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Quilt donations aid families

INDEPENDENCE -- The war in Iraq has ended, the Afghanistan war is slated to end in 2013, and many soldiers are back in the United States.

Ladies of Liberty Mercantile owner Diane Bishop works on a quilt Friday that will be sent to the family of a fallen soldier through the Home of the Brave Quilt Project.

Photo by Pete Strong

Ladies of Liberty Mercantile owner Diane Bishop works on a quilt Friday that will be sent to the family of a fallen soldier through the Home of the Brave Quilt Project.

February 27, 2013

INDEPENDENCE -- The war in Iraq has ended, the Afghanistan war is slated to end in 2013, and many soldiers are back in the United States.

Although 33,000 troops have returned home, what about the families of those who will never return?

To show their gratitude for the service and sacrifice of those fallen heroes, volunteer quilters at Ladies of Liberty Mercantile in Independence, owned and operated by Diane Bishop, produce commemorative quilts for families left in the wake of grief.

"It's a great way to put the soldiers back in the spotlight because I think that people have forgotten their dedication and service to the country," said Tina Paul of Dallas, a quilting volunteer whose son was recently deployed to Afghanistan.

"It's a way of letting the families know that their child is not forgotten."

This local effort is happening under the mantle of the Home of the Brave Quilt Project, a national effort.

"Since 2006, there have been more than 200 quilts made for (Oregon) families of soldiers and Marines killed in Iraq and Afghanistan," said Kay Vicars Hansen, Home of the Brave's Oregon coordinator.

The quilters also volunteer their talents for soldiers from other states. In the past five years, Oregon quilters have provided quilts for Massachusetts, Oklahoma and Florida.

"States like Florida and Texas have four times the number of casualties that Oregon has had, so with the generous help from our quilters, we are able to help them by sending extra quilts when we get ahead," Hansen said.

Bishop took the project on because her son had been to Iraq twice.

"It was something I wanted to do because my son came back, so this was important to me," she said. "As a mother, I would hope somebody would do that for me if worse came to worse."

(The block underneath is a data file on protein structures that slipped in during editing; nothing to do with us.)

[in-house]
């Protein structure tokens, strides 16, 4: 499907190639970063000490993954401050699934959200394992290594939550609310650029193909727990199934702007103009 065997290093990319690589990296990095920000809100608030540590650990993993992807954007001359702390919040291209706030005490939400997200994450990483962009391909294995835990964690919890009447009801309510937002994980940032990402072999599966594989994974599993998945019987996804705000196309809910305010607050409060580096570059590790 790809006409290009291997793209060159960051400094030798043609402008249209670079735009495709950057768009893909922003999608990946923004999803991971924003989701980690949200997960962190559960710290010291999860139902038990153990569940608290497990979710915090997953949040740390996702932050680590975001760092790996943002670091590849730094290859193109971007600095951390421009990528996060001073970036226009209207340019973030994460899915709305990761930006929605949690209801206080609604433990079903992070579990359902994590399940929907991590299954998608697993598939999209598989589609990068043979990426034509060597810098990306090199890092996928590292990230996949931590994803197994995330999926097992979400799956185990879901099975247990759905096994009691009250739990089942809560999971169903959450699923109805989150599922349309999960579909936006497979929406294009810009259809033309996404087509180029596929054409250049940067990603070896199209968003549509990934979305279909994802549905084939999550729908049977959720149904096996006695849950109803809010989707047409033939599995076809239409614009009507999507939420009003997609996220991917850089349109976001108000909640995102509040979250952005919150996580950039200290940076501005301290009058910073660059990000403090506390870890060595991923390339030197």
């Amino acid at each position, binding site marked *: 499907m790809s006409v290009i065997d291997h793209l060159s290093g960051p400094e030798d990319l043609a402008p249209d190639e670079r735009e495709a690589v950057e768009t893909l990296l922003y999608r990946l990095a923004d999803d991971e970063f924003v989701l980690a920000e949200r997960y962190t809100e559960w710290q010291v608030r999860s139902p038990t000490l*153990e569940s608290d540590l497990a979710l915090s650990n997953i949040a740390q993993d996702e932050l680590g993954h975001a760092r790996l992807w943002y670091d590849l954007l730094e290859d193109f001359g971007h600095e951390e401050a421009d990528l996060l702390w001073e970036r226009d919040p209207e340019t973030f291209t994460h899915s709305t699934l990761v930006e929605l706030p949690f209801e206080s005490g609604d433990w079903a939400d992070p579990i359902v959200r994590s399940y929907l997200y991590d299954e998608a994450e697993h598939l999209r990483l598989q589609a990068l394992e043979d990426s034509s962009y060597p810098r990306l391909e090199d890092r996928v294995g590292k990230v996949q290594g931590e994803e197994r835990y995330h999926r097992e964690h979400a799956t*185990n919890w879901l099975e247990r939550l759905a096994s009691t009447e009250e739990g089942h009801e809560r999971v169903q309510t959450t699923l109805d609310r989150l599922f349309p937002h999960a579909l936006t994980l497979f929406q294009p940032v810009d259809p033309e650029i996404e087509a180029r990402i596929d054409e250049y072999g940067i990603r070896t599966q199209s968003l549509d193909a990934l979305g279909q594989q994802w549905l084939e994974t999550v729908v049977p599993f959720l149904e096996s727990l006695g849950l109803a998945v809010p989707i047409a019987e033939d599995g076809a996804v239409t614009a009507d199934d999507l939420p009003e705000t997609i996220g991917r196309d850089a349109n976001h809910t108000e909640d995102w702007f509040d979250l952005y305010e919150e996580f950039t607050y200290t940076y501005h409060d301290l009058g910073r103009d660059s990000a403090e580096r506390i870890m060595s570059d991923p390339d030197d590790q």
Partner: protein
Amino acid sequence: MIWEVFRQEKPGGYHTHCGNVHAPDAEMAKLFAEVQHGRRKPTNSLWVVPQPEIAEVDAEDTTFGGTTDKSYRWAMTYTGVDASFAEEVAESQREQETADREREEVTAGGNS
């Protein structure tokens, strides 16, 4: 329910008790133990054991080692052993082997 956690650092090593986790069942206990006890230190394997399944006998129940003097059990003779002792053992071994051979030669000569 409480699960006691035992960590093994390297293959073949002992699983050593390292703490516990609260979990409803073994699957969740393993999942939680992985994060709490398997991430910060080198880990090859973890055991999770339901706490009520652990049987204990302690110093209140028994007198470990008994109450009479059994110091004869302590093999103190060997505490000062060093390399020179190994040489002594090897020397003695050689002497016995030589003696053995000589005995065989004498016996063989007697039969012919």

Using the "album block" quilt pattern, the Oregon chapter of volunteer quilters replicates quilts produced during the Civil War by the women of the United States Sanitary Commission, which later became known as the American Red Cross.

"My shop is decorated like the Civil War era and I specialize in reproductions of fabrics that are Civil War era," Bishop said. "This was another reason why this project was so important to me because it fit right into what we were doing here at the shop.

"We all love to quilt," she added. "But, there comes a point when you ask yourself `how many quilts can you have?' So, we wanted to make charity quilts and continue the hobby that we love, but to do it for someone else."

Volunteer quilters meet bimonthly to sew the blocks for the quilts and sign them with a commemorative sentiment. During the process, one block is sent to Gov. John Kitzhaber for his signature. The quilt top is pieced together by Bishop and given to Heidi Rodli of Dallas for its backing.

Ladies of Liberty employee Marie Beers has no direct connection to soldiers currently overseas, but quilts for someone from her past.

"There was no program like this when my brother died in 1968, four months before his 21st birthday," Beers said. "As the only son, he volunteered to go and it was very sad at the time.

"I feel that those soldiers from Vietnam really got the short end of the stick -- when they got home, nobody cared," she continued. "Now, when soldiers come home, it's so much better that we can welcome them."

For more information on the Home of the Brave Quilt Project: www.oregonhomeofthebrave.org.

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